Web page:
I also want you to talk to your daughters. Tell them that no matter what, having sex, allowing touching, kissing, oral sex, whatever it may be, none of it will lead to love. None of it will ever make boys stay. That love and trust leads to sex, not the other way around. Tell them that having sex while inebriated can cause feelings of shame, guilt, and confusion, and to make it a rule for themselves that when they are drinking, sex is not an option.
Tell your daughters that if they ever feel pressure to do something that they are not comfortable with, to use their voice because they hold more power than they may think. Teach them that they should be as loud as they want when saying no. That if they feel discomfort in a situation, even if they can’t pinpoint exactly where the discomfort is coming from, that it means something is not right, and therefore it is not the right time to engage in sexual activity. It is ok for them to leave the situation. It is ok for them to defend themselves. That the fact that they “put themselves in that situation” does NOT make it all their fault.
And make sure you are clear that whatever boy makes her feel pressured or uncomfortable is NOT a good person and will never make a good partner because in reality, he doesn't care about her, he only cares about finding sexual release. And it is of the utmost importance that your daughters hear this from YOU, their fathers. They can have these conversations with their mothers as well, but hearing it from the most important man in their life will make a huge impression.
In my case, having sex never made one of you stay, it just meant that you would tell your friends that I was an easy lay. I would be so happy when one of you would call and ask to hang out, and I can still feel the desperate humiliation of that translating to being brought to a remote place to have sex in your car. Time after time I allowed this to happen. I was frozen in fear. Is that what you find sexy? A young girl too scared to move?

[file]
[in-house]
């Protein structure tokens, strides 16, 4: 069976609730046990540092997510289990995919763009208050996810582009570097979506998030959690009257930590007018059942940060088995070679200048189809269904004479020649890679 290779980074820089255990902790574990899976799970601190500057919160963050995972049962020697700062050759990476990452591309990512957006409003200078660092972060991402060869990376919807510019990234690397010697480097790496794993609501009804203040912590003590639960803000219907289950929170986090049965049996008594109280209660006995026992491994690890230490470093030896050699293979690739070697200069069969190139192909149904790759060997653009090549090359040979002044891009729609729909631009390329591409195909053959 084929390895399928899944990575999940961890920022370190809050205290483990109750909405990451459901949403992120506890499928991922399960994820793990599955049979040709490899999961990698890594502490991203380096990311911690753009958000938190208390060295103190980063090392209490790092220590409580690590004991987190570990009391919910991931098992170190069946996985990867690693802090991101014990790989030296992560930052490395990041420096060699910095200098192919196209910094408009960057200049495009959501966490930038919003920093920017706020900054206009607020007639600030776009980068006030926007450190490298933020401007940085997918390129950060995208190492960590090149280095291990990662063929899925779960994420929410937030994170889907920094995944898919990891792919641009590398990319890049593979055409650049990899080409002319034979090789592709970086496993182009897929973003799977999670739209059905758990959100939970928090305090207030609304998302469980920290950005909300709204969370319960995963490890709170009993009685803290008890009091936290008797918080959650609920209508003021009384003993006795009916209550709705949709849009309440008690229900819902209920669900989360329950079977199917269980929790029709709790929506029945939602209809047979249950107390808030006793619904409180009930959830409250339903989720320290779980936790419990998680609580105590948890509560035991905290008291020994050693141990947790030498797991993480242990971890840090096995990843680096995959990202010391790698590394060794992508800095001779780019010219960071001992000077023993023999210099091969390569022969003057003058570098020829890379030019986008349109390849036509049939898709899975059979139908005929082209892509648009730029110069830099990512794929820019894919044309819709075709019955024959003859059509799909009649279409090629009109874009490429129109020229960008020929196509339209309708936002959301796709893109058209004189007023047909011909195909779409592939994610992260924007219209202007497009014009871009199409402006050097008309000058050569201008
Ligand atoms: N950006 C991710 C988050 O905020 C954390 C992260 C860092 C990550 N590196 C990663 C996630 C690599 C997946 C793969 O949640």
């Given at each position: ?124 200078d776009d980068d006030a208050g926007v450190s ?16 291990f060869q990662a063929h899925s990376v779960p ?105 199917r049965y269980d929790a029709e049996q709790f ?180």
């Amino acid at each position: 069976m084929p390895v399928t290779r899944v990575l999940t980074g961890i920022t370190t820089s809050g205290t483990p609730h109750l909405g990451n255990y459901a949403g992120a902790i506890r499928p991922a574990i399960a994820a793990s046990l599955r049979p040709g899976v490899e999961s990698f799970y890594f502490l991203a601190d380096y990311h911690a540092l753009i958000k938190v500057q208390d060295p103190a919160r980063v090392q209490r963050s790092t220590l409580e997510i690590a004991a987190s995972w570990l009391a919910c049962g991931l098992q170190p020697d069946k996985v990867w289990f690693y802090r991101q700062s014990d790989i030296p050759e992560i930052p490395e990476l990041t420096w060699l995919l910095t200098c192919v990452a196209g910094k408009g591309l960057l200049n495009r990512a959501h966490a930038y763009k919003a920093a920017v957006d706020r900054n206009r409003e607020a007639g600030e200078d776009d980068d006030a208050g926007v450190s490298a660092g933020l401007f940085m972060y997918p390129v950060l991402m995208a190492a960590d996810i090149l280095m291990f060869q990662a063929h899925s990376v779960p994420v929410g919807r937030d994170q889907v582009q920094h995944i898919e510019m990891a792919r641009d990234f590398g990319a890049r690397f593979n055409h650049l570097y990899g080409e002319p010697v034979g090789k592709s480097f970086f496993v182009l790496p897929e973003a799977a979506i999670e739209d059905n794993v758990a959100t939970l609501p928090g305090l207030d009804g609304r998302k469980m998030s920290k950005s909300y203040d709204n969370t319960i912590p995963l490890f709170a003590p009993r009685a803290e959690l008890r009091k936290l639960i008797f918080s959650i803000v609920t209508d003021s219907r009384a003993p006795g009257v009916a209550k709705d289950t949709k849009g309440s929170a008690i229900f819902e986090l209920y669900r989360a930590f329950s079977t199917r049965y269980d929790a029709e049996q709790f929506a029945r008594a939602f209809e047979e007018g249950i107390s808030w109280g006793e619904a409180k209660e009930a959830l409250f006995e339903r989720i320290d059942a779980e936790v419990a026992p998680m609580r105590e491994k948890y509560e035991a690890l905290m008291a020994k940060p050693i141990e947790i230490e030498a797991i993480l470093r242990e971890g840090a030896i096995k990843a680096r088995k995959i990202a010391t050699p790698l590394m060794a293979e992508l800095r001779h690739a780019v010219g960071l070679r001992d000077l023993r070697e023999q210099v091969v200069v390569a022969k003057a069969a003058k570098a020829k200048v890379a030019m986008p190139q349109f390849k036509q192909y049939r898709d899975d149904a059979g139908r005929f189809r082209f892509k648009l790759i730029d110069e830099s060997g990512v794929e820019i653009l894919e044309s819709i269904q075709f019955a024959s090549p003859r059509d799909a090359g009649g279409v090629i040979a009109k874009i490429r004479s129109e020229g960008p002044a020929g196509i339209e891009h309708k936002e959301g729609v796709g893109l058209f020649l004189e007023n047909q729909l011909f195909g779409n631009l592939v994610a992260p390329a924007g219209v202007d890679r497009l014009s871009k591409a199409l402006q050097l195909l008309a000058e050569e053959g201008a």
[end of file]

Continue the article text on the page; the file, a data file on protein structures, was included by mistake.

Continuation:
The thought of my daughter having to go through what I am now going through makes me want to vomit. It should upset us all, including you. I pray that you see the problem and talk to your kids. I hope that you, the young man who took advantage of a much younger and troubled girl, look at your own daughters or nieces or cousins or step-daughters when they are 13, 14, and 15-years-old and think to yourself, “That’s how old she was when I fed her drinks and slept with her”. Is that sexy now?
We all have to take responsibility for our own part. I have been dismantling my past behaviors for the 5 years that alcohol has no longer been in my life. But now, over the past couple of weeks, I have relived all of it including an intense deluge of the shame, guilt and humiliation which I have unknowingly been living with every single day since I lost my virginity, drunk at 13, to an 18-year-old. I feel this. EVERY. SINGLE. DAY. Have you felt any of that? Have you thought back on your own behaviors and felt a crushing sense of pain? I’d like to think that some of you have, but I have a feeling that you have not thought twice about it or me, and that has to change.
It is time for you to see what this behavior does to women. It is time for a change to be made. I have to find a way past the shame, guilt, and humiliation, which has now turned into anger, sadness and exhaustion. It is time for you to pitch in and do your part. So, will you?
A Promiscuous Teen
Pictured above at 16-Years-Old
Thank you for your emails, DMs and comments. You have all made me realize that I'm not alone and, sadly, that my story is not unique. In reaction to the incredible response that I have received from all of the world, I created a series of paintings called Reclaimed Hearts. These paintings are dedicated to you. It's never too late to take your power back and love yourself. Click here to see the series.
I am an artist and writer, living in Talent, Oregon with my husband and daughter. I play in the ocean to stay strong and inspired, and I often visit my hometown of New Orleans, where the rhythm of my heartbeat is renewed. Follow me on Facebook and Instagram. Join me on this crazy beautiful artventure.